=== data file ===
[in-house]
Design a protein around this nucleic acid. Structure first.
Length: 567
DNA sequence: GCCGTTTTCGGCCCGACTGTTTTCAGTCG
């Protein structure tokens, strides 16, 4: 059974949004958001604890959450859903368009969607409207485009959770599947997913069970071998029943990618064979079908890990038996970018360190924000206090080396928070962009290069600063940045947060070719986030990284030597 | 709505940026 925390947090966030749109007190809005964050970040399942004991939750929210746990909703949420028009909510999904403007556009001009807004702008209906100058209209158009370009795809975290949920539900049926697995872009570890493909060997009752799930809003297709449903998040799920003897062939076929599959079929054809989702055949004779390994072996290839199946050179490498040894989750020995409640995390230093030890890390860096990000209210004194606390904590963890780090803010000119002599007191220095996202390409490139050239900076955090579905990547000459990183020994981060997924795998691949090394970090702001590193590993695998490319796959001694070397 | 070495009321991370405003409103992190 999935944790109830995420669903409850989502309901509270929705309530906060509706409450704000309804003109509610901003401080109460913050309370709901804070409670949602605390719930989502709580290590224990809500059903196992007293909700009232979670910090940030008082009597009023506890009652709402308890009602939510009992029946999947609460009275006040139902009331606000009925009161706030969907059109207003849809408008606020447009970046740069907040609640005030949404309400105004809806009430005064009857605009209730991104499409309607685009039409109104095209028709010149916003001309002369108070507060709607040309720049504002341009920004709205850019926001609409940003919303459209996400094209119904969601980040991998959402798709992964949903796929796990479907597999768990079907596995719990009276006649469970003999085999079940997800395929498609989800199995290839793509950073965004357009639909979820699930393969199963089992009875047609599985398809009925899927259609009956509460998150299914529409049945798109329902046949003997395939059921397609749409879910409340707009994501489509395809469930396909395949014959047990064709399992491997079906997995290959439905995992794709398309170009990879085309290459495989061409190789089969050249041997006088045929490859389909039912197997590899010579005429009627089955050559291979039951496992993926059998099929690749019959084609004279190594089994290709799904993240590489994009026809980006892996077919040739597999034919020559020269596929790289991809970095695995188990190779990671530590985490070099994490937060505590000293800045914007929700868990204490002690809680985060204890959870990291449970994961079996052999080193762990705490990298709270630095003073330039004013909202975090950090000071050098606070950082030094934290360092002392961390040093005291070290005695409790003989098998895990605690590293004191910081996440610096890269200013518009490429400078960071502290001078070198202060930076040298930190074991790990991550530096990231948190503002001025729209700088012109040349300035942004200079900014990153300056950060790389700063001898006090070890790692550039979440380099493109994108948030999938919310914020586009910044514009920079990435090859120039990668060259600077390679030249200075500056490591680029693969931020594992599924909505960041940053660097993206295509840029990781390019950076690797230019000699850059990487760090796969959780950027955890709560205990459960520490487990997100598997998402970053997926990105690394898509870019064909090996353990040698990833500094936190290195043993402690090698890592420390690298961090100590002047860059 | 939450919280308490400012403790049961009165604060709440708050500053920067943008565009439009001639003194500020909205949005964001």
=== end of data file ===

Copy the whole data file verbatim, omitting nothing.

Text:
[in-house]
Design a protein around this nucleic acid. Structure first.
Length: 567
DNA sequence: GCCGTTTTCGGCCCGACTGTTTTCAGTCG
């Protein structure tokens, strides 16, 4: 059974949004958001604890959450859903368009969607409207485009959770599947997913069970071998029943990618064979079908890990038996970018360190924000206090080396928070962009290069600063940045947060070719986030990284030597 | 709505940026 925390947090966030749109007190809005964050970040399942004991939750929210746990909703949420028009909510999904403007556009001009807004702008209906100058209209158009370009795809975290949920539900049926697995872009570890493909060997009752799930809003297709449903998040799920003897062939076929599959079929054809989702055949004779390994072996290839199946050179490498040894989750020995409640995390230093030890890390860096990000209210004194606390904590963890780090803010000119002599007191220095996202390409490139050239900076955090579905990547000459990183020994981060997924795998691949090394970090702001590193590993695998490319796959001694070397 | 070495009321991370405003409103992190 999935944790109830995420669903409850989502309901509270929705309530906060509706409450704000309804003109509610901003401080109460913050309370709901804070409670949602605390719930989502709580290590224990809500059903196992007293909700009232979670910090940030008082009597009023506890009652709402308890009602939510009992029946999947609460009275006040139902009331606000009925009161706030969907059109207003849809408008606020447009970046740069907040609640005030949404309400105004809806009430005064009857605009209730991104499409309607685009039409109104095209028709010149916003001309002369108070507060709607040309720049504002341009920004709205850019926001609409940003919303459209996400094209119904969601980040991998959402798709992964949903796929796990479907597999768990079907596995719990009276006649469970003999085999079940997800395929498609989800199995290839793509950073965004357009639909979820699930393969199963089992009875047609599985398809009925899927259609009956509460998150299914529409049945798109329902046949003997395939059921397609749409879910409340707009994501489509395809469930396909395949014959047990064709399992491997079906997995290959439905995992794709398309170009990879085309290459495989061409190789089969050249041997006088045929490859389909039912197997590899010579005429009627089955050559291979039951496992993926059998099929690749019959084609004279190594089994290709799904993240590489994009026809980006892996077919040739597999034919020559020269596929790289991809970095695995188990190779990671530590985490070099994490937060505590000293800045914007929700868990204490002690809680985060204890959870990291449970994961079996052999080193762990705490990298709270630095003073330039004013909202975090950090000071050098606070950082030094934290360092002392961390040093005291070290005695409790003989098998895990605690590293004191910081996440610096890269200013518009490429400078960071502290001078070198202060930076040298930190074991790990991550530096990231948190503002001025729209700088012109040349300035942004200079900014990153300056950060790389700063001898006090070890790692550039979440380099493109994108948030999938919310914020586009910044514009920079990435090859120039990668060259600077390679030249200075500056490591680029693969931020594992599924909505960041940053660097993206295509840029990781390019950076690797230019000699850059990487760090796969959780950027955890709560205990459960520490487990997100598997998402970053997926990105690394898509870019064909090996353990040698990833500094936190290195043993402690090698890592420390690298961090100590002047860059 | 939450919280308490400012403790049961009165604060709440708050500053920067943008565009439009001639003194500020909205949005964001």